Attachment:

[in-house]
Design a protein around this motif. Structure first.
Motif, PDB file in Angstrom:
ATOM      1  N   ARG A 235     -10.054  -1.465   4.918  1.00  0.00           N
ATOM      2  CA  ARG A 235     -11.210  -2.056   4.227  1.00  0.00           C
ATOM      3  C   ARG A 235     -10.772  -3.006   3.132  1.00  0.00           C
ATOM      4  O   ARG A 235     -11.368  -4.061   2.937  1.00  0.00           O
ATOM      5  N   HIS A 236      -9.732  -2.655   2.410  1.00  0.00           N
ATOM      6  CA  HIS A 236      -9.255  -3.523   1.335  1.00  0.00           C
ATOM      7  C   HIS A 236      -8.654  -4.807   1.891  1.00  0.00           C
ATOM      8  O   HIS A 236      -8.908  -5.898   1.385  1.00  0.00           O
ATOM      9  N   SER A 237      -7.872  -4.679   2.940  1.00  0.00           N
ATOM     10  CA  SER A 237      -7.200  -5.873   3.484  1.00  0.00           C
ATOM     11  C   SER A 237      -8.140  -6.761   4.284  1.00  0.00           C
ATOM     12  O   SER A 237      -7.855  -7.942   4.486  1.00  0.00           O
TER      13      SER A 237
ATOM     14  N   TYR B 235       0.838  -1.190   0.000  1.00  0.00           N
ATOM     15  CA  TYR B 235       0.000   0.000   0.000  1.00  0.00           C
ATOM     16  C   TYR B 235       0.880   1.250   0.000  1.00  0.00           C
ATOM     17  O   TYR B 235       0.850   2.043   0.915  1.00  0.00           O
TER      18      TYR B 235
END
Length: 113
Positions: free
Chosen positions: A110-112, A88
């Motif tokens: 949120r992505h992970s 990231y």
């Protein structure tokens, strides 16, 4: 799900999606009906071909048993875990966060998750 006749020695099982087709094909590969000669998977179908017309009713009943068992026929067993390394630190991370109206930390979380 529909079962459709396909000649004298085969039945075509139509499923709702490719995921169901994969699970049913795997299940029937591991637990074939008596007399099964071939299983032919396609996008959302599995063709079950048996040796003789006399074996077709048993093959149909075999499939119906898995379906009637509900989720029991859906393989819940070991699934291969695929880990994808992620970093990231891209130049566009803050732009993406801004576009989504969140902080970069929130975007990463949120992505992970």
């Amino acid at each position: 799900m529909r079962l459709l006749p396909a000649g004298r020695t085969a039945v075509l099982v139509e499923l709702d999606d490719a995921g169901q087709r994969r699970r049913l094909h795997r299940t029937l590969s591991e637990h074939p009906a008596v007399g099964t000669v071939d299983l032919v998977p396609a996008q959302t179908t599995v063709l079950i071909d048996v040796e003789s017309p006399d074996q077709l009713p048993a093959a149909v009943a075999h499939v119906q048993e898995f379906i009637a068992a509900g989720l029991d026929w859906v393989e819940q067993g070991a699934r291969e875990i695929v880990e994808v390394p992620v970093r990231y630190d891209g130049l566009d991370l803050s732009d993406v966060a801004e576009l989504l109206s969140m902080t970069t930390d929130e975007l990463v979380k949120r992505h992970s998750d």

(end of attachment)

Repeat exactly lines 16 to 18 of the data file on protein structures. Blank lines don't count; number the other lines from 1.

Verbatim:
TER      13      SER A 237
ATOM     14  N   TYR B 235       0.838  -1.190   0.000  1.00  0.00           N
ATOM     15  CA  TYR B 235       0.000   0.000   0.000  1.00  0.00           C